By Zibby Pillote /// Editor-in-ChiefWho ever though they would hear about oocytes in male fish in the same presentation about the role of camp in gay culture? That’s just what an audience of professors, alumni, Gender Studies seniors, friends and family experienced at the reception for the Dorothy Berkson Writing Award in Gender Studies.
Laura Houlberg (’14) and Gus Wolff (’14) won the award for work completed during their senior year. Houlberg’s Environmental Studies thesis “illuminates the ways in which transmisogyny and mainstream environmentalism inform each other, which creates an environmental movement which excludes trans women, either implicitly through rhetoric around ‘un/naturalness’ and purity.”
By creating a culture of “corporeal disgust,” popular science, the media and organizations like Deep Green Resistance objectify trans women by “reducing them to their bodies and then constructing their bodies as unnatural or ecologically othered,” said Houlberg. Houlberg illustrated this concept in her presentation by talking about male fish that presented oocytes.
“I am so honored to have received the award,” Houlberg said. “Dorothy Berkson helped build a department that has given me and so many of my friends and peers validation, hope, inspiration and purpose.”
Wolff’s project, written for his Feminist Theory class, is “an exercise of interweaving personal experience with academic and theoretical literature.” Wolff questions campiness, an aesthetic that asserts that something is “good because it is awful.”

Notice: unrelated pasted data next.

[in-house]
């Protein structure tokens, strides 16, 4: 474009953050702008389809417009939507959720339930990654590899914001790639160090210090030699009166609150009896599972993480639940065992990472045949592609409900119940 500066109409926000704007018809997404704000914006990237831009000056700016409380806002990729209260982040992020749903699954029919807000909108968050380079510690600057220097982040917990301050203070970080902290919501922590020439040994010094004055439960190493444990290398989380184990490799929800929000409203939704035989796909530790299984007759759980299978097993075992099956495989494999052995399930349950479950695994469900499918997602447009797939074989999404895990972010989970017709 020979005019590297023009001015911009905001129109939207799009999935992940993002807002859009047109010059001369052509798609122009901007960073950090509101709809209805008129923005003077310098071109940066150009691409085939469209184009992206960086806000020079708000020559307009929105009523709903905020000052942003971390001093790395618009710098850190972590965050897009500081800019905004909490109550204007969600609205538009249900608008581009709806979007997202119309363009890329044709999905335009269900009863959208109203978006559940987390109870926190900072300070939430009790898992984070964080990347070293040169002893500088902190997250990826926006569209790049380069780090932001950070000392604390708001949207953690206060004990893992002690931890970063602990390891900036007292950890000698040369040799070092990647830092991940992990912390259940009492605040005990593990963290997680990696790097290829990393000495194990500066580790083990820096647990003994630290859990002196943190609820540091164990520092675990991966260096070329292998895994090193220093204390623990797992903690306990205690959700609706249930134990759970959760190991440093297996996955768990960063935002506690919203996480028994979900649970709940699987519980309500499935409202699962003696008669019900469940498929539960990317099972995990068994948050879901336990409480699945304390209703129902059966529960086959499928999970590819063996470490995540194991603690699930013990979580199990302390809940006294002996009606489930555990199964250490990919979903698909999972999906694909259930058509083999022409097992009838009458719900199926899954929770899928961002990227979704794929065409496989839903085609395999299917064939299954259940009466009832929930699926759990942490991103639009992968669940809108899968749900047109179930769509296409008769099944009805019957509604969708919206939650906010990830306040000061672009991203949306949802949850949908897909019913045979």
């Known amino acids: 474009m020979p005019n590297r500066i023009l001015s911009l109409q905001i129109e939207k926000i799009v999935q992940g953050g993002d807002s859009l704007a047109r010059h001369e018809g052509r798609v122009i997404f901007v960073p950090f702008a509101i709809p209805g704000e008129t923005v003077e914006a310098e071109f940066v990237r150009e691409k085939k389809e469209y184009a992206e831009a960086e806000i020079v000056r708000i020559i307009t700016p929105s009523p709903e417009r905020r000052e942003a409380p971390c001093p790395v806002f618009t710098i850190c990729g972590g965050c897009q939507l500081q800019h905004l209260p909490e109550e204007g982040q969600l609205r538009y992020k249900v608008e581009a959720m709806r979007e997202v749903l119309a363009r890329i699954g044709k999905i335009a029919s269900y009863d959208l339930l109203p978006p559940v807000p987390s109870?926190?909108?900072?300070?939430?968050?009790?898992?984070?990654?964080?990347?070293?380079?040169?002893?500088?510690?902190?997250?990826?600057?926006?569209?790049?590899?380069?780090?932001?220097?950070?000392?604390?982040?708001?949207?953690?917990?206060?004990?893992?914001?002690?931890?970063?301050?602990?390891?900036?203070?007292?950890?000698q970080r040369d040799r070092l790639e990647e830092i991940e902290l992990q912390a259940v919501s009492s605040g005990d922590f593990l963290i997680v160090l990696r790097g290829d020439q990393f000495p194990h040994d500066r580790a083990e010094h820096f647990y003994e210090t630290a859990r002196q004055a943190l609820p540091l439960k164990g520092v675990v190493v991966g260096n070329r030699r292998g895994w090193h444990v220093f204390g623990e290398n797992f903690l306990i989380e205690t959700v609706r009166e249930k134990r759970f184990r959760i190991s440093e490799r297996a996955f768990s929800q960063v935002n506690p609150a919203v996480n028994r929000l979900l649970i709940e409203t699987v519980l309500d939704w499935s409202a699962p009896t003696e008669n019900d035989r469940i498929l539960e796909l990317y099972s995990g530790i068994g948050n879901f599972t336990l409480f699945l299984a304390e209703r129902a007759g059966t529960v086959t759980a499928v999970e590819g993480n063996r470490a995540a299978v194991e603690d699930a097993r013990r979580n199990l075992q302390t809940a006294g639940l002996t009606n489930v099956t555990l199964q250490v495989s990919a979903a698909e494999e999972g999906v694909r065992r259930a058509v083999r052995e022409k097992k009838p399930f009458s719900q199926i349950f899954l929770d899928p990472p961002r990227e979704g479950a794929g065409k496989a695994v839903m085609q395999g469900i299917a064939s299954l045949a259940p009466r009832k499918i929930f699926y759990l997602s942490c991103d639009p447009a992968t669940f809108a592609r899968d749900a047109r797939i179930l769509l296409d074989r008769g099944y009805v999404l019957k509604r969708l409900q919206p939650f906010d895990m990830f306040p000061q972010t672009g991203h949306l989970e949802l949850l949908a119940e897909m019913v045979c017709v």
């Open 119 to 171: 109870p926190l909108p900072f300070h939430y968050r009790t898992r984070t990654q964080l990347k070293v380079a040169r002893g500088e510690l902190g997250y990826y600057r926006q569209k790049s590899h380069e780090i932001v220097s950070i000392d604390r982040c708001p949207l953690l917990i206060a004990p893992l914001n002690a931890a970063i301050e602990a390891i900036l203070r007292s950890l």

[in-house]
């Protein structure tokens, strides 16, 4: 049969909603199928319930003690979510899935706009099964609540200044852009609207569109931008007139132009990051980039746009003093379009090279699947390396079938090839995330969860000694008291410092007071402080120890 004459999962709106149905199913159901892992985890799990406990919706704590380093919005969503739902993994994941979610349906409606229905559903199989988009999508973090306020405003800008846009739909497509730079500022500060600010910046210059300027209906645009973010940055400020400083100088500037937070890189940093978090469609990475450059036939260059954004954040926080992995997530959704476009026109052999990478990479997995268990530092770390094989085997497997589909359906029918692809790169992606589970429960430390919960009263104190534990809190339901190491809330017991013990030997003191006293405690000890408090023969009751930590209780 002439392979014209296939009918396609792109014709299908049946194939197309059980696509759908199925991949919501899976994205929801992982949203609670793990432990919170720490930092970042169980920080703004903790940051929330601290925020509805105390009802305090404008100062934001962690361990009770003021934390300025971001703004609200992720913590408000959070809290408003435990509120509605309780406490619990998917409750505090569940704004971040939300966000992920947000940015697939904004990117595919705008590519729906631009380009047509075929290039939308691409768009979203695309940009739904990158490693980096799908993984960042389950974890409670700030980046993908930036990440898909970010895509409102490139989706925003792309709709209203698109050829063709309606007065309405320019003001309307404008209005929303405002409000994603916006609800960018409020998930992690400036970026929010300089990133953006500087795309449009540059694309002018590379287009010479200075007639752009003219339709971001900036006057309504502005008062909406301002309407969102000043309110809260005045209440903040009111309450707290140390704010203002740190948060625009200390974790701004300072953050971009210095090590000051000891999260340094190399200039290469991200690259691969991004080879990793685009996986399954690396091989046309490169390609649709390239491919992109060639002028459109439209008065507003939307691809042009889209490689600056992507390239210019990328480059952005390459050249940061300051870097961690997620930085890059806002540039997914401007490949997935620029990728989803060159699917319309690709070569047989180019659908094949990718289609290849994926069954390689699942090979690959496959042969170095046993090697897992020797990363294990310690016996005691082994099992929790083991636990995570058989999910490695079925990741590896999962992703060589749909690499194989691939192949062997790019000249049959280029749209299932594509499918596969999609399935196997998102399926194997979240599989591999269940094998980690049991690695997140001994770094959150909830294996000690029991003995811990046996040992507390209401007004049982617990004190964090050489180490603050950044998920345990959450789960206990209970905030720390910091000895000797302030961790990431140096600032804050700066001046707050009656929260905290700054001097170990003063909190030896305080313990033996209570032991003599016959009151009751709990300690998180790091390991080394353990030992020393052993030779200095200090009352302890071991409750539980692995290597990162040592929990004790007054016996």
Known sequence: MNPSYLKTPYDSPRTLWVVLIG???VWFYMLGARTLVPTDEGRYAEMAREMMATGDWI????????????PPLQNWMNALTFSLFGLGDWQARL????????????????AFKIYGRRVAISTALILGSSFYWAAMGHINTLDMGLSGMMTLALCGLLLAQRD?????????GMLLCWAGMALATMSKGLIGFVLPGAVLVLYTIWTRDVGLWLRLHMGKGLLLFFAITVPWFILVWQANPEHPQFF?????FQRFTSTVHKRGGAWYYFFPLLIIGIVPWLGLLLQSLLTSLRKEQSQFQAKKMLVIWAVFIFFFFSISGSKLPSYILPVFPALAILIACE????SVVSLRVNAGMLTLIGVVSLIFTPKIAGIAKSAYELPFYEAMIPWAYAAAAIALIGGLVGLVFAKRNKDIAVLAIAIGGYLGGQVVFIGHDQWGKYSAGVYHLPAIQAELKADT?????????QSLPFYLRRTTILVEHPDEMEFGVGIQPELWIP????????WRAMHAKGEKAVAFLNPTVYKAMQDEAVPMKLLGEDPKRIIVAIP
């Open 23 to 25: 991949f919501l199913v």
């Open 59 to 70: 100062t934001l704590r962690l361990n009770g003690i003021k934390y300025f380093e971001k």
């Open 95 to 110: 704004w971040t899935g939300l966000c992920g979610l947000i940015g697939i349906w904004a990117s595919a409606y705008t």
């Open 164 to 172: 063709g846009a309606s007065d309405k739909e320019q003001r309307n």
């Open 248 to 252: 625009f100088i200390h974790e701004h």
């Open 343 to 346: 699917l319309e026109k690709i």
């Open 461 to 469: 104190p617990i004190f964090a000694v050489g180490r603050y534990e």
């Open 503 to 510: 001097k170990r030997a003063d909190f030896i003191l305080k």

“To be campy is to be very flamboyant, stereotypically gay,” Wolff said. “I tie in my own personal experience of the daily structure in both rejecting and embodying/identifying with being a gay stereotype.” Wolff’s personal reflection followed his journey out of the closet and into the world of the stereotypically “gay.”
“I was thrilled to receive the award,” Wolff said, “It was such validation of the hard work I put into my Gender Studies scholarship. The program is such an important part of this campus and an overall liberal arts experience.”
All Gender Studies program seniors were honored at the event.
Professor Emerita of English Dorothy Berkson taught at Lewis & Clark between 1981 and 2004, and presented at the first Gender Studies Symposium. She designed a course entitled “Gender and Aesthetic Expression,” which is still taught in the gender studies curriculum today. Berkson passed away in 2007.
Zibby Pillote is the editor-in-chief of the Pioneer Log. Her work has also appeared in The Portland Mercury and the Lewis & Clark College webpage. She likes to write about music and culture. Follow her @ZibbyPillote